Summer 2011, Volume 8 Number 2

In this issue:

For our summer finale, we present an antipasto of three mini symposia. The first includes papers inspired by the recent OECD conference, two on network neutrality and one on best practices-or maybe worst practices would be more appropriate. The second updates some of our issues from previous months, including papers on credit rating agencies, the Sherman Act's extraterritorial reach, the EU's approach to Chinese Soe's, and the historic Movil ruling in Mexico. Our third symposium delves into the continuing issue of the challenges developing countries face in developing competition policy; in this case, we look at Russia.

OECD Inspired: Network Neutrality & Best Practices
  1. David Evans, Aug 30, 2011

    Net Neutrality Regulation and the Evolution of the Internet Economy

    Do we know enough to be sure that there are market failures that should be corrected or that policymakers could know enough about the present and future of the internet economy to devise regulations that would improve social welfare? (David S. Evans, Global Economics Group & UCL)

  2. Frank Maier-Rigaud, Aug 30, 2011

    Network Neutrality: A Competition Angle

    Certain aspects associated with network neutrality, and linked not only to content and identity but also the blocking of certain content or applications, may raise serious competition concerns. (Frank Maier-Rigaud, OECD)

  3. Caron Beaton-Wells, Brent Fisse, Aug 30, 2011

    Australia’s Proposed Information Disclosure Legislation: International Worst Practice

    The Australian government has proposed amendments to the CCA that aim to regulate information disclosure; if enacted, the proposal could be said to represent international worst practice. (Caron Beaton-Wells & Brent Fisse, Univ. of Melbourne Law School)

Hot Topic Updates
  1. Norman Neyrinck, Nicolas Petit, Aug 30, 2011

    Credit Rating Agencies and Competition Law

    Interestingly, while all the evidence points to the existence of a competition problem in the rating industry, almost nothing has been written on whether the CRAs could be amenable to antitrust scrutiny. (Nicolas Petit & Norman Neyrinck, Univ. of Liege School of Law )

  2. Anthony Biagioli, Mark Popofsky, Aug 30, 2011

    The Sherman Act’s Criminal Extraterritorial Reach: Unresolved Questions Raised By United States v. AU Optronics Corp

    This case presents a rare opportunity to litigate unresolved issues respecting the antitrust laws’ applicability to international cartels in the criminal context. (Mark S. Popofsky & Anthony Biagioli, Ropes & Gray)

  3. Kiran Desai, Manu Mohan, Aug 30, 2011

    Fear of the Chinese or Business as Usual at the European Commission? EU Merger Regulation and the Assessment of Transactions Involving Chinese State-owned Enterprises

    The recent EC decisions regarding transactions by Chinese State-owned enterprises raised several issues, not the least of which is whether the vagueness in the decisions could put off future sellers. (Kiran Desai & Manu Mohan, Mayer Brown)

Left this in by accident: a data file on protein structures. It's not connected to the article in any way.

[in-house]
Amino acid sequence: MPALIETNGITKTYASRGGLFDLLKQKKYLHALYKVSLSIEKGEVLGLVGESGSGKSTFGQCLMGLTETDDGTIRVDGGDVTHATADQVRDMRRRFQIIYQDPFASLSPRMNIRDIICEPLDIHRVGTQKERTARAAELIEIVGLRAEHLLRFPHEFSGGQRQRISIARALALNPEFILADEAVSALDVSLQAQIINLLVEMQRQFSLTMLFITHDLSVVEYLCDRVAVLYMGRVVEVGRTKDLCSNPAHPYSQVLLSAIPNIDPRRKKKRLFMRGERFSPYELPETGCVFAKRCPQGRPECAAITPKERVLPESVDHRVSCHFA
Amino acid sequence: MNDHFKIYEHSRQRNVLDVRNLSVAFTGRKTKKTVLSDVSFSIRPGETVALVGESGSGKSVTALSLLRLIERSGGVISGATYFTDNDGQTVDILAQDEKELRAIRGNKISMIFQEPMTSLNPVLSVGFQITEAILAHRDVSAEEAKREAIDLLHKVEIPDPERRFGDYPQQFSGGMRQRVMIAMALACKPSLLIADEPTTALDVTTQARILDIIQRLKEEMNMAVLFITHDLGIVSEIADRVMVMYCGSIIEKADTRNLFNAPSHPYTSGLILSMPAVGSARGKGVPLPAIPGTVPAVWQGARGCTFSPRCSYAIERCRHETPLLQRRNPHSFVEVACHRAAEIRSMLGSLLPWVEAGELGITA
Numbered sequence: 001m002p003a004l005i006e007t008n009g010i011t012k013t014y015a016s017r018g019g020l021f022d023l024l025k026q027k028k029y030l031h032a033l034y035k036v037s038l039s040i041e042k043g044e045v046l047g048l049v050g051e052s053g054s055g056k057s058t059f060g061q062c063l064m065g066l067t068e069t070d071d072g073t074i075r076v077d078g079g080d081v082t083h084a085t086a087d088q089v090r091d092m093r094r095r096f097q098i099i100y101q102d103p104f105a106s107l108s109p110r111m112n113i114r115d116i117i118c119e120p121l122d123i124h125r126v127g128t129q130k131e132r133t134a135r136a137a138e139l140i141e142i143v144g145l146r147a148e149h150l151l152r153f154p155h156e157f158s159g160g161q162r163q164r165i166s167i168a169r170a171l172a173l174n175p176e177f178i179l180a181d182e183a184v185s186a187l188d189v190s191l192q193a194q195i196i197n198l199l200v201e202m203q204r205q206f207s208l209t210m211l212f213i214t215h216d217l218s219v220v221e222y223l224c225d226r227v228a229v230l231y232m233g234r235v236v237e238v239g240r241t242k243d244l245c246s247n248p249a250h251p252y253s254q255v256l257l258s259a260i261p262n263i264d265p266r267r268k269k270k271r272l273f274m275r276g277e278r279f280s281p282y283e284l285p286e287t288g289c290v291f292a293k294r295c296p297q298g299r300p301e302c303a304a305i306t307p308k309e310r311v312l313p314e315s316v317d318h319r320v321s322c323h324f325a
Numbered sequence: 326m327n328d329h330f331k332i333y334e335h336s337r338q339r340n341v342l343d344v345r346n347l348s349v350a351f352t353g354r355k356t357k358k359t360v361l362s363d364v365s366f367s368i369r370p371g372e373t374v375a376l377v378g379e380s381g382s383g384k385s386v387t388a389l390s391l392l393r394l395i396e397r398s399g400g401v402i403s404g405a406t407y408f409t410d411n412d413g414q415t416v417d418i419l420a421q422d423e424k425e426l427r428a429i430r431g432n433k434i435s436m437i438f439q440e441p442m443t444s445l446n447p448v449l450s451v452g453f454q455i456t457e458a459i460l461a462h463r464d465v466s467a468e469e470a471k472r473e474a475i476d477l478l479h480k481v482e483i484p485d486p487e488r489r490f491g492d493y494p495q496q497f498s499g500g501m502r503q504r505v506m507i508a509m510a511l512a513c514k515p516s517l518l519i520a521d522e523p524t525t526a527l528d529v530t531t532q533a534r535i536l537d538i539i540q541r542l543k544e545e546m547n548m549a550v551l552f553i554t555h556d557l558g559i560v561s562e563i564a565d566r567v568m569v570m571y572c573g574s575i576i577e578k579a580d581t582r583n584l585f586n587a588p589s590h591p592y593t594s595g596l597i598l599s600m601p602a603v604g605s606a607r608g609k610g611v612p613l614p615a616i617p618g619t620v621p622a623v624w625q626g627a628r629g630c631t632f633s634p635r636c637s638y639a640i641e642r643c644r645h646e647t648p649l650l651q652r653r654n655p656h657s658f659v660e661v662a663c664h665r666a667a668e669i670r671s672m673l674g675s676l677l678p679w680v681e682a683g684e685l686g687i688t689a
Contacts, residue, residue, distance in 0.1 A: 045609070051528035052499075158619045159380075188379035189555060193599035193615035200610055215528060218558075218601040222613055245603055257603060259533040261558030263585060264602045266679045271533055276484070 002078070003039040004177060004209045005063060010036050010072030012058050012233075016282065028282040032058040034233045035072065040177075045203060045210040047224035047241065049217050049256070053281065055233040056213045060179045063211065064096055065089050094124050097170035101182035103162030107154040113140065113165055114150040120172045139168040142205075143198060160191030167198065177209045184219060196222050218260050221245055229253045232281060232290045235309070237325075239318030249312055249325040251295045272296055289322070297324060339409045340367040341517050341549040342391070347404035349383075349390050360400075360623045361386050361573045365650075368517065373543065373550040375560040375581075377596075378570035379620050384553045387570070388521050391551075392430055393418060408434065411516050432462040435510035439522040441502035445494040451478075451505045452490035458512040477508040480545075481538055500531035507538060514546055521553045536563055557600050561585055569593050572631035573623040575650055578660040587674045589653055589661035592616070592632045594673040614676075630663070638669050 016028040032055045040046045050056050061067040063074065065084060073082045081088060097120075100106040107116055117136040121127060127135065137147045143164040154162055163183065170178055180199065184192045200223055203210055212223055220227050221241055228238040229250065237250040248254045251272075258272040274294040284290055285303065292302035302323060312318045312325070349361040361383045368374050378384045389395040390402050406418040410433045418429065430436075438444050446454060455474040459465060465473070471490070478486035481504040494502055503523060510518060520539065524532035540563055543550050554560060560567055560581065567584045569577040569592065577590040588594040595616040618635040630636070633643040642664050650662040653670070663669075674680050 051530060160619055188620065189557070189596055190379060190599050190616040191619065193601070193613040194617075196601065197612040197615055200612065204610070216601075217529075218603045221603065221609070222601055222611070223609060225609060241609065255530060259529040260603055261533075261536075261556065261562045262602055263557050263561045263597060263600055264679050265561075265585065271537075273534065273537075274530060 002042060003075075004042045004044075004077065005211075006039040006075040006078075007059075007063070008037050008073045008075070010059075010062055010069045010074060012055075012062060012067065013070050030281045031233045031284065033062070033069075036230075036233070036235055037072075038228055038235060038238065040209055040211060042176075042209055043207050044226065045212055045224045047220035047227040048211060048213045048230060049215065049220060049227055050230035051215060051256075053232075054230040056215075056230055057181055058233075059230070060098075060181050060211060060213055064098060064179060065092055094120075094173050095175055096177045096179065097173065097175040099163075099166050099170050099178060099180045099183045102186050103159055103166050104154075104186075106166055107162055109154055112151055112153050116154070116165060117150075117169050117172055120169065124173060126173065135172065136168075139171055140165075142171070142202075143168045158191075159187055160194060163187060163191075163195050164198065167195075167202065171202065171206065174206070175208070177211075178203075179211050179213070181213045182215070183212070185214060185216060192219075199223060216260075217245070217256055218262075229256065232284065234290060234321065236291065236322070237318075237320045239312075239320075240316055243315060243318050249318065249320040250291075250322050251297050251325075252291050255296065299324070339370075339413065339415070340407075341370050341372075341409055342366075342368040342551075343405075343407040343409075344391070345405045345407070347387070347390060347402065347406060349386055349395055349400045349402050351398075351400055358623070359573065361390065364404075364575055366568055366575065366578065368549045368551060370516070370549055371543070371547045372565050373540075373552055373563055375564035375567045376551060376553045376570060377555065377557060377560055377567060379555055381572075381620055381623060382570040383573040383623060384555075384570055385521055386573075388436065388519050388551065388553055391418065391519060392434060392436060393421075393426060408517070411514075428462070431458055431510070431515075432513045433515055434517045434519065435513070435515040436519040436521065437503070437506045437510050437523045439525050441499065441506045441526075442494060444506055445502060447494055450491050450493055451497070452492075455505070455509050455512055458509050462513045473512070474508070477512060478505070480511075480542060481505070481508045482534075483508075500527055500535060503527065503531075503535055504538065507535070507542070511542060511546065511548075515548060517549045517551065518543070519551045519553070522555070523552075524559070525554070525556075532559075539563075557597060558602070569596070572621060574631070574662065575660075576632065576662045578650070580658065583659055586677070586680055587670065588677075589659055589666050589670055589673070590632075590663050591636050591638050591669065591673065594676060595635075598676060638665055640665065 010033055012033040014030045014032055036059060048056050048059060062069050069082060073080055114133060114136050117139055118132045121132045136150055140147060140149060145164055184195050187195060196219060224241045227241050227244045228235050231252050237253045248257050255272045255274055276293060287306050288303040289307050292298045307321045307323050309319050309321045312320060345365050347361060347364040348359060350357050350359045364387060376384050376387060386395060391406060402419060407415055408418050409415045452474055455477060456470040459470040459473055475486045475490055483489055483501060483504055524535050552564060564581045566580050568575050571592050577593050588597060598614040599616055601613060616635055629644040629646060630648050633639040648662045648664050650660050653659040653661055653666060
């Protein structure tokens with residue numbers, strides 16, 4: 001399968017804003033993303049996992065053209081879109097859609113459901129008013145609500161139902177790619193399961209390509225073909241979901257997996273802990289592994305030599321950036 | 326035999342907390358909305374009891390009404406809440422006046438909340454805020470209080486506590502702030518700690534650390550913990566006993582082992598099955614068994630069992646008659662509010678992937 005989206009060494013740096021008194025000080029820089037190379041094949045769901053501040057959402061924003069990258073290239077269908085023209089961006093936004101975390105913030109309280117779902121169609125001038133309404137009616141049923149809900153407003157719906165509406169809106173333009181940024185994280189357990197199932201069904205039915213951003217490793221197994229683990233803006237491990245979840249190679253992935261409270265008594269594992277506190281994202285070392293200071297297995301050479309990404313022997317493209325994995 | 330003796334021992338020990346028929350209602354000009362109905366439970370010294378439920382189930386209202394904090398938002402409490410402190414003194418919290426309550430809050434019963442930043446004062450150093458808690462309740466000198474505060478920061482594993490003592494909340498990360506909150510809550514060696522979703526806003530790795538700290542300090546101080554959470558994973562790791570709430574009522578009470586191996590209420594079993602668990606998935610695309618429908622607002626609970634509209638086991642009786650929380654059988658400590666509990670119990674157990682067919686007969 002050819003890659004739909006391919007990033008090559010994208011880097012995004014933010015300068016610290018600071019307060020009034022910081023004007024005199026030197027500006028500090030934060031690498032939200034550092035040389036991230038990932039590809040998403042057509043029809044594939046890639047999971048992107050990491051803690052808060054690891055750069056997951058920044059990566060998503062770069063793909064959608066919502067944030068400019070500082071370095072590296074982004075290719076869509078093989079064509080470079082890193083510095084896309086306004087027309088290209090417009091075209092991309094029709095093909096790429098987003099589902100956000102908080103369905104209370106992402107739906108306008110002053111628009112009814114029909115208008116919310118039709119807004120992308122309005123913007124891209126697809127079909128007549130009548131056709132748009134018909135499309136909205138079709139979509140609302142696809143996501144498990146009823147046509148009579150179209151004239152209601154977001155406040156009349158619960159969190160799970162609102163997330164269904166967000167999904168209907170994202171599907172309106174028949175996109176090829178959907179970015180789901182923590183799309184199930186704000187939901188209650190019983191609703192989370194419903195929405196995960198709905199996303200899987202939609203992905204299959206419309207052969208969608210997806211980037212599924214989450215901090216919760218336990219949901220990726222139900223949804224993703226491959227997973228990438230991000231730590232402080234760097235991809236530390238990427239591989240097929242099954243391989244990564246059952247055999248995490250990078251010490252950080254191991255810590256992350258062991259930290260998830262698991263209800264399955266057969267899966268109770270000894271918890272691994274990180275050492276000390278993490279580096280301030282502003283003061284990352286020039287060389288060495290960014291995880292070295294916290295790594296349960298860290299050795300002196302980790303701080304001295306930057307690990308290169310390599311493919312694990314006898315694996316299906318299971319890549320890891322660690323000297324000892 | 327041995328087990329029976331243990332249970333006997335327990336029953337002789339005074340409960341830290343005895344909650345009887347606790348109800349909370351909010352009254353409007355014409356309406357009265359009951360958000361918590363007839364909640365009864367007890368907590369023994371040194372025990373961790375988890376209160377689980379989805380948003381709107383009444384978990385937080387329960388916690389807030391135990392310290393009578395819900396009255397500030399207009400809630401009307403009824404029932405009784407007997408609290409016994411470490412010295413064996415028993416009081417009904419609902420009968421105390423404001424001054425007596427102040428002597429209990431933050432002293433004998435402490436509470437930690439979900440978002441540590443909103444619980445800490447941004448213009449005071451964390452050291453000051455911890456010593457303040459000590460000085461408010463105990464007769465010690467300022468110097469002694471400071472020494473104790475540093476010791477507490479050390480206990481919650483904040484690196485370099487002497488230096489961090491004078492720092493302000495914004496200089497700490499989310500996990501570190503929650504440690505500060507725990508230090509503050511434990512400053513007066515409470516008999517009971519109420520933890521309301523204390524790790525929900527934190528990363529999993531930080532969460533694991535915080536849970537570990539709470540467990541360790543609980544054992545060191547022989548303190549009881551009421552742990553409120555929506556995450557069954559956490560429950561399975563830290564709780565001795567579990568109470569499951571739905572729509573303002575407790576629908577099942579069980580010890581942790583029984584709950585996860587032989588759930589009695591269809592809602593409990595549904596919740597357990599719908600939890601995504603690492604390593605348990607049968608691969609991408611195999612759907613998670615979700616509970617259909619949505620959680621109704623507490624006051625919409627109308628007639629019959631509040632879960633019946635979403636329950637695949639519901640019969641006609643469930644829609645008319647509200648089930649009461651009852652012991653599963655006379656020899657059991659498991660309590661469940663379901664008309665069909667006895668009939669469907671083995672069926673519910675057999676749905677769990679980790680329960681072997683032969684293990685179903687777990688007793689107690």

4. Victor Pavon-Villamayor, Aug 30, 2011

    Margin Squeeze in Mexican Mobile Telecommunications

    The debate over the Competition Commission's determination that TELCEL is incurring a margin squeeze has been centered (almost) exclusively on the enormous size of the fine imposed and the polarized nature of the Commissioners’ votes—but there has not been a proper discussion on the economic reasoning over which this case was constructed. (Víctor Pavón-Villamayor, Federal Telecommunications Commission, Mexico)

Russia: Developments in Competition Policy
  1. Svetlana Avdasheva, Andrey Shastitko, Aug 30, 2011

    Introduction of Leniency Programs for Cartel Participants: The Russian Case

    Certain characteristics of competition policy in Russia still objectively hinder the effectiveness of the leniency program, even after recent changes. (Andrey Shastitko, Bureau of Economic Analysis, & Svetlana Avdasheva, National Research Univ., Higher School of Economics).

  2. Andrey Shastitko, Aug 30, 2011

    Collective Dominance Through the Lens of Comparative Antitrust

    Are there grounds to believe that Russian law enforcement follows European practices by borrowing the European norm of collective dominance, and adapting it in Russia to deal with its emerging market economy? (Andrey Shastitko, Bureau of Economic Analysis Foundation)


About the Antitrust Chronicle

The CPI Antitrust Chronicle is published online, semi-monthly. It contains cutting-edge commentary on current global antitrust and competition policy issues.

Past Issues


The Antitrust Chronicle

Editor-in-Chief: David S. Evans

Managing Editor: Lauren Chiang

Senior Editor: Lindsay W. McSweeney

Social Media: Anna Tzanaki

Subscription Manager: Susan Roberts

Office Manager: Kristen Adrian

Editorial Advisory Board:

Kent Bernard, Fordham School of Law

Rachel Brandenburger, Washington D.C.

Adrian Emch, Hogan Lovells

Kyriakos Fountoukakos, Herbert Smith

Jay Himes, Labaton Sucharow

James Killick, White & Case

Stephen Kinsella, Sidley Austin

Ioannis Lianos, University College London

Elisa Mariscal, Federal Competition Commission, Mexico

Robert O'Donoghue, Brick Court Chambers

Aaron Panner, Kellogg, Huber, Hansen

Nicolas Petit, University of Lìege

William Rooney, Willkie, Farr, & Gallagher

Daniel Sokol, University of Florida Levin School of Law

Joshua Wright, George Mason Law School